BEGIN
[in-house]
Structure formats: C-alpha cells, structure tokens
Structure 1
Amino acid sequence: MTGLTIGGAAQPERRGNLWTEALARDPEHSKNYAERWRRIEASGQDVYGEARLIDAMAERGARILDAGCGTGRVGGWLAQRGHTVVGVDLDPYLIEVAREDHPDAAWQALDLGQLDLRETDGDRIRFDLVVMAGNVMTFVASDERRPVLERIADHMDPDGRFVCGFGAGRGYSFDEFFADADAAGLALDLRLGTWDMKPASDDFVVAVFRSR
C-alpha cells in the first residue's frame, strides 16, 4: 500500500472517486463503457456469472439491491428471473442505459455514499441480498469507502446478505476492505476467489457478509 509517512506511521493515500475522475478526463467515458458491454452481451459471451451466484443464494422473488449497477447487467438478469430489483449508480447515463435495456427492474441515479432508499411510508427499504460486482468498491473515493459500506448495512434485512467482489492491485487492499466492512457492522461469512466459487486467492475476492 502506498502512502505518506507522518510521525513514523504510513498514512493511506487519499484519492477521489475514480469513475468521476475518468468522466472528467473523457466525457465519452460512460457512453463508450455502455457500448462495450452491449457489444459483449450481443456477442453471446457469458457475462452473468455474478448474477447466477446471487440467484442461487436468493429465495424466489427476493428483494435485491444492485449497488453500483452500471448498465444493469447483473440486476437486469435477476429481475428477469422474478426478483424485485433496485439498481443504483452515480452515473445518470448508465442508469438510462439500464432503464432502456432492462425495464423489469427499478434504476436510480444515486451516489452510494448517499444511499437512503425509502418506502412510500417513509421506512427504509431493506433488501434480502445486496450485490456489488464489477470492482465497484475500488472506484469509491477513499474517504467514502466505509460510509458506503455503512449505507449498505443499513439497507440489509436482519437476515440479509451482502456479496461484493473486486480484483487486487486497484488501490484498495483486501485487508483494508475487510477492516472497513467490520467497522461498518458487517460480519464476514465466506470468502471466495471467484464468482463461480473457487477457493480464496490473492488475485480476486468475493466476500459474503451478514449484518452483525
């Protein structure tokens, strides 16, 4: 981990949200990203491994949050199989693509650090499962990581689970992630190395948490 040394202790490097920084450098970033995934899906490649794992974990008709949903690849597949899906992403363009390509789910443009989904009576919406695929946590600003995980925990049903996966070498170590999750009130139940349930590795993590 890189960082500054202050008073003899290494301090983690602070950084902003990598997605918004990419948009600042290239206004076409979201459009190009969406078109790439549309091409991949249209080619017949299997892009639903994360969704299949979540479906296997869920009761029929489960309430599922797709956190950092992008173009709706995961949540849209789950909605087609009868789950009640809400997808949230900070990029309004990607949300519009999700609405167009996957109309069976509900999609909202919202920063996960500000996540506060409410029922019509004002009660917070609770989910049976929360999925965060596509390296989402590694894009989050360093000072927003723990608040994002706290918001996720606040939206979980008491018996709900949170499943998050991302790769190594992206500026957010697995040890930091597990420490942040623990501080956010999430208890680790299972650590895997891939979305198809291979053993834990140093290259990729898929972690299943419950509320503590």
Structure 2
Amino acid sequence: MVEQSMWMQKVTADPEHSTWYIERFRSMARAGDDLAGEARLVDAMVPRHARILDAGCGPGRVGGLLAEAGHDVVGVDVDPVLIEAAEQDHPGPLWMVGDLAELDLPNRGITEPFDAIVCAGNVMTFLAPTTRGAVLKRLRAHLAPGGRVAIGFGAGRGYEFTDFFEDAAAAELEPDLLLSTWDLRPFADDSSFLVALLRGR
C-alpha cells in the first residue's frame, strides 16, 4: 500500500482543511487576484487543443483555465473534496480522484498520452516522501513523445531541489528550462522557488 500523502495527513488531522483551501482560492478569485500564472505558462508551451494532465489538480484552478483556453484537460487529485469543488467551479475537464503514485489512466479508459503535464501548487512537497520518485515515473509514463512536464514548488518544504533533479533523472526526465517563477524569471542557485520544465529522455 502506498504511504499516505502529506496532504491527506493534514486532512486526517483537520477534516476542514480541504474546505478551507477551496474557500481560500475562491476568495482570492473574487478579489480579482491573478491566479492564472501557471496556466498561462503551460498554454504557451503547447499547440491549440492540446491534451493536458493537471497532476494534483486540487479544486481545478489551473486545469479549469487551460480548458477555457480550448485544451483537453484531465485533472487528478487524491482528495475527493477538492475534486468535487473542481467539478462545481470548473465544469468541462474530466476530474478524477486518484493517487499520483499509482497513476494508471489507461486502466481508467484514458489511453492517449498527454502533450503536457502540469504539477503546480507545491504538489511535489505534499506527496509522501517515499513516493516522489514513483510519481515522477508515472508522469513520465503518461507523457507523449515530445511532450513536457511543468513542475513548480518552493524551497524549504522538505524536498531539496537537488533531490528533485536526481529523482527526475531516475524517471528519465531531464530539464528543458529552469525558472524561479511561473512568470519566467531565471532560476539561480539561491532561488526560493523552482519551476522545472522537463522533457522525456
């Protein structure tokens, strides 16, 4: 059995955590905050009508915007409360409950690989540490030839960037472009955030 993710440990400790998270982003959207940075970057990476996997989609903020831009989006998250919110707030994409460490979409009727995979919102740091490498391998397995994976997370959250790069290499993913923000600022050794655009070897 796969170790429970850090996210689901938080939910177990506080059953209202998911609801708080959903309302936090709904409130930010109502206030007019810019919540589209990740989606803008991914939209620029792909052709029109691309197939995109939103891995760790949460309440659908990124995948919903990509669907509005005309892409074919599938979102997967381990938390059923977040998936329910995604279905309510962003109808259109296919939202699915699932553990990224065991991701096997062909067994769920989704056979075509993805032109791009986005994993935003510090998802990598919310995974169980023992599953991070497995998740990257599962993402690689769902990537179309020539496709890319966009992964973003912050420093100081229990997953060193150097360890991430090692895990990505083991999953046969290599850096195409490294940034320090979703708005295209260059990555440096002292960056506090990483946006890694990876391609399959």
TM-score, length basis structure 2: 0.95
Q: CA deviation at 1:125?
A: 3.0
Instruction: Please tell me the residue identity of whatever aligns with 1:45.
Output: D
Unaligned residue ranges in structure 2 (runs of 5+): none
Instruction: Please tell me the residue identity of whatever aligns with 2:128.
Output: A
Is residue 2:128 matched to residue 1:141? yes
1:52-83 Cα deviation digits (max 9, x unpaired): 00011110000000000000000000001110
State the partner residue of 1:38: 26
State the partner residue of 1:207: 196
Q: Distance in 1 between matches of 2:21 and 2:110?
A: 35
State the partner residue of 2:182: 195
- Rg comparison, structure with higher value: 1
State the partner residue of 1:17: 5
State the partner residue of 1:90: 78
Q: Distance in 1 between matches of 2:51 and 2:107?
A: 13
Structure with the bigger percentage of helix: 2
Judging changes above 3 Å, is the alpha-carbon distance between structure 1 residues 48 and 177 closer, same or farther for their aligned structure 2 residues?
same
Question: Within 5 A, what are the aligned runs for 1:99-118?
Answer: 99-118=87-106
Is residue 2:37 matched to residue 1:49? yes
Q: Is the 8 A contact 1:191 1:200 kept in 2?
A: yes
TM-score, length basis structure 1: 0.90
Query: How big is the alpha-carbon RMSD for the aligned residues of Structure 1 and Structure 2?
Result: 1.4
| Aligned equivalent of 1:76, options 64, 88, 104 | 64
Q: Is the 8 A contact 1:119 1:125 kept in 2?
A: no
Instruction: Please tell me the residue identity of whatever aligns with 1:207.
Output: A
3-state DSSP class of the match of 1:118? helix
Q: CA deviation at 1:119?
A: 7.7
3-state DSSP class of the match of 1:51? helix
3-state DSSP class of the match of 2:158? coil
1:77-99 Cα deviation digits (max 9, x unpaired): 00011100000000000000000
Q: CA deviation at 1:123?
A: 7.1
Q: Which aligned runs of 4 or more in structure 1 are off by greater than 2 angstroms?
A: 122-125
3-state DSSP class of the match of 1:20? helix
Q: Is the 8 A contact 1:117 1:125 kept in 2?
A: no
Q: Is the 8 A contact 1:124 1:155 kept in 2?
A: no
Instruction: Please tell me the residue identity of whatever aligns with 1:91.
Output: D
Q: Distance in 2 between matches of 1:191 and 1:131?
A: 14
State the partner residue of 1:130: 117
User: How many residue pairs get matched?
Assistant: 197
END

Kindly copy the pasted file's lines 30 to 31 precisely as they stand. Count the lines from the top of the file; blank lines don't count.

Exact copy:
A: 13
Structure with the bigger percentage of helix: 2